The most pivotal and engrossing scenes occur during the third act, not involving sex or nudity, but what Schrader does best: one-on-one dialogue when Scott hires multi-talented prostitute, porn actress and window-room dancer Season Hubley to help him since Boyle, spending more time with skanks than finding clues, wasn't closing the deal fast enough for a desperate and determined father: Their conversations, ranging from Faith to Johnny Carson, Damnation to Bestiality, evokes peripheral comparisons of two completely different human beings – the Calvinist and the Whore, both alike in their aloof indifference to society, and sex – injecting a philosophical edge into the forefront, even surpassing Travis Bickle's similar-themed conversation with young hooker Iris (ala Robert DeNiro and Jodie Foster in, again, TAXI DRIVER). But some of the time, much like William Freidkin's CRUISING, we don't get as involved or firmly-planted inside the "perverse" underworld as we're led to believe...
The voyeuristic camera seems mounted to the wall during many scenes – often more seductive than revealing. And the finale, involving Scott beating up the villain, is way too typical, more befitting the following decade (when heavies were punched into swimming pools): It's the contrasting... and ultimately connecting... philosophical discussions, providing random breaks throughout an intentionally grueling road, that makes this semi-obscure Paul Schrader vehicle work: a late-70's counter-culture flick (with a few STAR WARS sightings) that needs a much bigger, far more dedicated cult following – hope this helps.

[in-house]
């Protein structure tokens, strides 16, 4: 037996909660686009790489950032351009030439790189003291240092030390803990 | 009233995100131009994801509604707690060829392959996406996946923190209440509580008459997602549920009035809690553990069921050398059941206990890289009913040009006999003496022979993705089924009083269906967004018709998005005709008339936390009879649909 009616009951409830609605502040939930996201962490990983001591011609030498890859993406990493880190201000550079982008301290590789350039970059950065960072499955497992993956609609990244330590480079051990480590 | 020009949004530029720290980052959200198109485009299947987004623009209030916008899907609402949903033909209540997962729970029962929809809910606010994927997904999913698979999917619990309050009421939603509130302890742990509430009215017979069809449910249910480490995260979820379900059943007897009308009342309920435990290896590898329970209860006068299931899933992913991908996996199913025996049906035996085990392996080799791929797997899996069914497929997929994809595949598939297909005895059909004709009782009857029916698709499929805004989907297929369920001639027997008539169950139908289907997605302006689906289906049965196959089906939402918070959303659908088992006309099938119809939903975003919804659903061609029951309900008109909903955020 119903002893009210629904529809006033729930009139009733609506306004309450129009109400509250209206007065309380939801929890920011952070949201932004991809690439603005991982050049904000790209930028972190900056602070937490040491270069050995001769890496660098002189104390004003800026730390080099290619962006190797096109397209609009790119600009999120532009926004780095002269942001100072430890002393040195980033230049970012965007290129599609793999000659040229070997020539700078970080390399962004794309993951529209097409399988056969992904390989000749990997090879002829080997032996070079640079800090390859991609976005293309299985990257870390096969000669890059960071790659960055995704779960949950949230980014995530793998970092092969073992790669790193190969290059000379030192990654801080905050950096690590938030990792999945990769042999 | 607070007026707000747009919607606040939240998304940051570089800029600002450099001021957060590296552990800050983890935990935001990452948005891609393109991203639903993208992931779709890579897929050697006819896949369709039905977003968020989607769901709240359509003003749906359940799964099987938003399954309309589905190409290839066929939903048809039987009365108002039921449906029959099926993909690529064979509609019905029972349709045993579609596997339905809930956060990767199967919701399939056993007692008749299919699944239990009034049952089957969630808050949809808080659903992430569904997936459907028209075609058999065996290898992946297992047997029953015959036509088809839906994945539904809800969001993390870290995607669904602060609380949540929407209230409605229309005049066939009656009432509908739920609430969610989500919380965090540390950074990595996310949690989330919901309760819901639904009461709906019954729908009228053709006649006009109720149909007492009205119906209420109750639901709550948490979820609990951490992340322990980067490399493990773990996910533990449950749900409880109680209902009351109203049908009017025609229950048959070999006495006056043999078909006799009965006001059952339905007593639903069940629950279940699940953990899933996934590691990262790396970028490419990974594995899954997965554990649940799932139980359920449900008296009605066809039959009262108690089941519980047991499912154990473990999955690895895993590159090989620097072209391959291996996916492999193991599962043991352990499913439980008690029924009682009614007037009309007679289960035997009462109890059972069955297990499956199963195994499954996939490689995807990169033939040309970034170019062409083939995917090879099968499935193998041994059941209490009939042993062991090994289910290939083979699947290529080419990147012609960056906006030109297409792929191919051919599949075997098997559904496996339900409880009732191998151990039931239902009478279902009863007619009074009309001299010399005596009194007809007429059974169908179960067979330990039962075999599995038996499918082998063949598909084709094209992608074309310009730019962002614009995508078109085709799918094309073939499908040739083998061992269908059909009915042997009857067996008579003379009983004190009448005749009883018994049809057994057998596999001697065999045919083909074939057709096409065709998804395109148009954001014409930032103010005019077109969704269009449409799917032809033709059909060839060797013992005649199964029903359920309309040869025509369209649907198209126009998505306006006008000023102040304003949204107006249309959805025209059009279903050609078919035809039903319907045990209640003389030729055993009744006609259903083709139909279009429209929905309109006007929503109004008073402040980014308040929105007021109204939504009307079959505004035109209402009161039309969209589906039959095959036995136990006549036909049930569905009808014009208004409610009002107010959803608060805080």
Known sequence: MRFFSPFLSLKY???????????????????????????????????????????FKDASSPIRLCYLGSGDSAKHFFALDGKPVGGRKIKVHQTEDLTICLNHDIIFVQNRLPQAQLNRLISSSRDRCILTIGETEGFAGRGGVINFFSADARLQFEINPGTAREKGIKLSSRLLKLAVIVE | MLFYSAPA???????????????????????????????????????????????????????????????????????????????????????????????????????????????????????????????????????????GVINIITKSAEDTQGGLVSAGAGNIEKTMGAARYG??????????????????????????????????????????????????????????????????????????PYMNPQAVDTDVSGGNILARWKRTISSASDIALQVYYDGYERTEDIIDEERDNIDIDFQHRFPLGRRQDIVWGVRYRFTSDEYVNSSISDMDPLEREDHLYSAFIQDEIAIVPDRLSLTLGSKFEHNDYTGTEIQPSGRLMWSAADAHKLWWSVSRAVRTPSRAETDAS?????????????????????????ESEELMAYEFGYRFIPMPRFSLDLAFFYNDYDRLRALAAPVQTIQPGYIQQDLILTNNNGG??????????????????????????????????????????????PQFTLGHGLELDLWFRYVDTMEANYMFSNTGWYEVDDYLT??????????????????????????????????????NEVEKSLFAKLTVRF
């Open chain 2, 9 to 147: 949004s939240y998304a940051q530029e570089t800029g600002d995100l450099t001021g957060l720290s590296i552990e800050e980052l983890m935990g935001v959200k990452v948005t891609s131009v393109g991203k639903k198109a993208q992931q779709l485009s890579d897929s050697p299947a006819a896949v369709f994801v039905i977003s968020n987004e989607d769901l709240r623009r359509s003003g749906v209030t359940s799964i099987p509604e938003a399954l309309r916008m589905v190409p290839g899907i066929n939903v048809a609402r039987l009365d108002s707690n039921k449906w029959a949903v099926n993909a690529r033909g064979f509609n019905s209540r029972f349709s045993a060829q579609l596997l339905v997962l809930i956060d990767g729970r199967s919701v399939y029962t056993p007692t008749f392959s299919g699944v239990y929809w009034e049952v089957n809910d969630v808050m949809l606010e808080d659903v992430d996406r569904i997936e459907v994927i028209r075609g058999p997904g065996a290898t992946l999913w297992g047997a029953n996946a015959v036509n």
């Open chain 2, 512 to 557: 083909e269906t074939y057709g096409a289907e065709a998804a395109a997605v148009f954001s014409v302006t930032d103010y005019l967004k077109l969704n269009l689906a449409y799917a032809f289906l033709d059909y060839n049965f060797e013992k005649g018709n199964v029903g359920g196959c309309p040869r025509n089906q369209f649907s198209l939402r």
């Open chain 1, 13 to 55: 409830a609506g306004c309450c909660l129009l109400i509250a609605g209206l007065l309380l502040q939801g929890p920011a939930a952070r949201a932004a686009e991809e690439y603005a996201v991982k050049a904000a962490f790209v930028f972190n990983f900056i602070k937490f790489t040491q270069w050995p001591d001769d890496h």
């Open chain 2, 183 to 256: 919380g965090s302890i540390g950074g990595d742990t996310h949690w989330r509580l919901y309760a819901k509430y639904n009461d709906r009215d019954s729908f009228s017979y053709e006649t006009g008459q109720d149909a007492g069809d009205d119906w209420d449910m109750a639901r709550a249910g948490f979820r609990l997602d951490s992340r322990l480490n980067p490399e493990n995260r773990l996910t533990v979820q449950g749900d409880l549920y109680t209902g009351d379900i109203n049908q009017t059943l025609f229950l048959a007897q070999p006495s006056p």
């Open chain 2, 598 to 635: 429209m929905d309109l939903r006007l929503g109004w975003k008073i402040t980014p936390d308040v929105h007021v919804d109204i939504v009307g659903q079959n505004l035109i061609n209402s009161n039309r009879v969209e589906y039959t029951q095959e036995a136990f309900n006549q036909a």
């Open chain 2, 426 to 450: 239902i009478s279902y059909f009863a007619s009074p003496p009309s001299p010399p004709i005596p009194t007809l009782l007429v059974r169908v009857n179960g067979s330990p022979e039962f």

#1. I really wish I could put Season Hubley in some machine that would make her 20 again. And...
#2. This is really a very powerful and disturbing movie.
George C Scott is not at his absolute best in this, but I can't see anyone else playing the role of the tormented father desperately trying to find his runaway and newly turned porn actress teen daughter any better than he does.
I gave this 5 stars not because it's as good as a movie can be, but because it's that I like the more obscure, non-mainstream films like this. I'm not that big on; The Godfather - Jaws - The Graduate - Casino, & all that jazz (Including "All That Jazz''). So anyone with similar movie taste give this late 70's flick a shot.
The detective "Andy Mast", is hired to search for Jake's daughter. Actor Peter Boyle, is known for his performance as the campaign manager in "The Candidate" as well as many other noteworthy appearances. Admitting to an occasional roll in the gutter himself, Andy challenges Jake's moral high ground.
Here's the twist. In the pursuit of his daughter Jake finds himself the surrogate father of a whore "Niki", played by Season Hubley. Unwittingly trying to convert her while she tries to relate to him, they both must fail in the end.
Like many good movies, this one is almost a documentary. We get a glimpse inside the sleazy world of the sex industry. The porno wheel "Ramada", played by Leonard Gaines is brilliantly written and must have been fun for the actor to do. Directing and shooting a porn scene is very serious business. Just don't laugh so hard as to betray your embarrassment.
Schrader is a great writer, but competant director. He can certainly tell a tale, but while "Taxi Driver" is incredible, this is only a journeyman at work as director. It is a pretty interesting story, but a tad predictable. But don't let that deter you. It has enough twists and turns to keep you engaged. But my personal favorite is the vision of porno hell this picture paints of late 70s California. When looking at it through today's more jaded eyes, it is almost funny how much this world is caricatured in this movie. It is almost quaint in comparison to the slimy streets of LA portrayed in "8mm." The fashions and mannerisms of the characters in what was a much more innocent in some ways and much more dangerous world in others compared to today are fascinating. Check it out if you have less tamer sensibilities. You will probably like it.